I used to struggle with when to start a dance. I would stand stiff and motionless, like a statue, with my partner in hand, stressing over when to take the first step. I didn’t know when to break into the music. I didn’t know if it mattered. I could hear spots in the music that would have been good places to start, but I couldn’t predict when they were coming. Something was missing, but it’s hard to know what you don’t know.
I now know that those spots occur on a regular basis: every eight beats of music. It’s best to start dancing on the first beat of a set of 8, called the count 1 or “the 1 of the music.” You can also start on a count 5, the beginning of the second four-beat measure. Women expect you to start on a 1 or 5 or it’ll be an awkward start.
This brings up one of the more difficult subjects in ballroom dancing: phrasing. Technically, you can be on the beat but, if you start dancing on the wrong beat, you will be “off phrase.” In a dance with an eight count basic step pattern, like salsa or cha-cha or Lindy Hop, it’s more important to start on a count 1. A dance with a six count basic, like West Coast swing or East Coast swing or foxtrot, it’s less important (that is, it’s easier to get away with starting on a count 5).
What’s your experience when trying to start a dance?
While approaching the opposite sex often has its risks, asking someone to dance is routine. A request for a dance is the perfect cover: there’s a script, which both sides follow.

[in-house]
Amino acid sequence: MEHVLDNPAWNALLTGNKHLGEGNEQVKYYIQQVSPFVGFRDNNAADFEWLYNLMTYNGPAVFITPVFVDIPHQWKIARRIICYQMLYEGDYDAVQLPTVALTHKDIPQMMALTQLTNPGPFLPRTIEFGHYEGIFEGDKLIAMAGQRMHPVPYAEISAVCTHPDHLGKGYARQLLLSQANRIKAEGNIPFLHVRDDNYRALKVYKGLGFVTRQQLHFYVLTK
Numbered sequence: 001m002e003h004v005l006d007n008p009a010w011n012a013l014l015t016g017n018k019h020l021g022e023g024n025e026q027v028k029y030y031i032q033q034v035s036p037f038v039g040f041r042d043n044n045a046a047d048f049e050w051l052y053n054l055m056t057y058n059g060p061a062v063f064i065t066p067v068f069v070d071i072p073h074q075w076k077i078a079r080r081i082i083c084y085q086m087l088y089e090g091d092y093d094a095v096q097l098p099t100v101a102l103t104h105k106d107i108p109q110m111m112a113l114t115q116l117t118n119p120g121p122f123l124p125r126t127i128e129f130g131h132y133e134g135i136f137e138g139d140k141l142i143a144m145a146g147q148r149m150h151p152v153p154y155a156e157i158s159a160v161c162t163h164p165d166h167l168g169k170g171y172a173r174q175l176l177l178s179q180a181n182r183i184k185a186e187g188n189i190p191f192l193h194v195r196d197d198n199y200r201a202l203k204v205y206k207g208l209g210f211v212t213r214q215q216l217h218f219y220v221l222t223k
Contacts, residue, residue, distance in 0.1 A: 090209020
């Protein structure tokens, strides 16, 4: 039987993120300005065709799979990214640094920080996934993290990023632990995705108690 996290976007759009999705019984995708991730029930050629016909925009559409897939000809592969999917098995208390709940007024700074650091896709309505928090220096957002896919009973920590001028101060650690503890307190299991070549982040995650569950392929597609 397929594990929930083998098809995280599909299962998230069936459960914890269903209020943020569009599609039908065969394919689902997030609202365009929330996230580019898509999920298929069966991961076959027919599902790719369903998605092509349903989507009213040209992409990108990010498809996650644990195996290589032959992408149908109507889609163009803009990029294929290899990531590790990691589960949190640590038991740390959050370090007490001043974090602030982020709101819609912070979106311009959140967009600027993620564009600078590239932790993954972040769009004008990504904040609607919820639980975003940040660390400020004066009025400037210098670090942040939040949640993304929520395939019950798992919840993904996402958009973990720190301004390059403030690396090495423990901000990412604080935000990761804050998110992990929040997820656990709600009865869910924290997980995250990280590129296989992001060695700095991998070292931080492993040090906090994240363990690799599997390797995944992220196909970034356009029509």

You don’t have to be creative or cool about it; just follow the script. Even better, if you’re not a good conversationalist, that’s it; after you ask her to dance you don’t have to talk again. Just dance. (Correction: it’s good etiquette to say “thank you” at the end of a dance.)
Identify someone to approach
Some good choices for potential partners include: someone who you know; someone about your dance ability; someone who dances a lot and with different partners; someone close to the dance floor; anyone on the edge of the dance floor, tapping her foot and smiling.
What to say
The opener is straight out of a playbook: “Would you like to dance?” “Shall we dance?” Or a simple “Dance?” Don’t think too hard, just follow the script. A nonverbal request is not uncommon: you offer your hand, smile and maybe nod. I’m somewhat okay with that, although I think a nonverbal request with a stranger is a bit distant (I’d at least throw in the word “Dance?”). What I often do is offer my hand, as a minor nonverbal gesture, as I’m asking her to dance. For a related tangent, Argentine tango dancers have a whole nonverbal ritual, which includes a nod of the head called a Cabeceo.